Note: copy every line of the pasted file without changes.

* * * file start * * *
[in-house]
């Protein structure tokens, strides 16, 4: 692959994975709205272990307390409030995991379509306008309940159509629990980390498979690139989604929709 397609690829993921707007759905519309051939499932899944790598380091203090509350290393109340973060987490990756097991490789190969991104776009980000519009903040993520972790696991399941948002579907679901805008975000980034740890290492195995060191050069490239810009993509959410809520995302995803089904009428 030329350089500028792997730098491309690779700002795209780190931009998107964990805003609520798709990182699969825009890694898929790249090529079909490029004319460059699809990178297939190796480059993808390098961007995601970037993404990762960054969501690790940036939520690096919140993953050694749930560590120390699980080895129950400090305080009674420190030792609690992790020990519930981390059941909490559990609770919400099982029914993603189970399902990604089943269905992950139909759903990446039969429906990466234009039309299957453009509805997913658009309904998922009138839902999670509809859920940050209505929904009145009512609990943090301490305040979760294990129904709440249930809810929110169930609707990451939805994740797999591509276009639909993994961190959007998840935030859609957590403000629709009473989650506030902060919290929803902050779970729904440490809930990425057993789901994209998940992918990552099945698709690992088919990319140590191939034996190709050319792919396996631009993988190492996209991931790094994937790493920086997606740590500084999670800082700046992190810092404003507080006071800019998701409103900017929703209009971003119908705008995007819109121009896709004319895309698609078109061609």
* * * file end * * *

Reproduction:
[in-house]
């Protein structure tokens, strides 16, 4: 692959994975709205272990307390409030995991379509306008309940159509629990980390498979690139989604929709 397609690829993921707007759905519309051939499932899944790598380091203090509350290393109340973060987490990756097991490789190969991104776009980000519009903040993520972790696991399941948002579907679901805008975000980034740890290492195995060191050069490239810009993509959410809520995302995803089904009428 030329350089500028792997730098491309690779700002795209780190931009998107964990805003609520798709990182699969825009890694898929790249090529079909490029004319460059699809990178297939190796480059993808390098961007995601970037993404990762960054969501690790940036939520690096919140993953050694749930560590120390699980080895129950400090305080009674420190030792609690992790020990519930981390059941909490559990609770919400099982029914993603189970399902990604089943269905992950139909759903990446039969429906990466234009039309299957453009509805997913658009309904998922009138839902999670509809859920940050209505929904009145009512609990943090301490305040979760294990129904709440249930809810929110169930609707990451939805994740797999591509276009639909993994961190959007998840935030859609957590403000629709009473989650506030902060919290929803902050779970729904440490809930990425057993789901994209998940992918990552099945698709690992088919990319140590191939034996190709050319792919396996631009993988190492996209991931790094994937790493920086997606740590500084999670800082700046992190810092404003507080006071800019998701409103900017929703209009971003119908705008995007819109121009896709004319895309698609078109061609």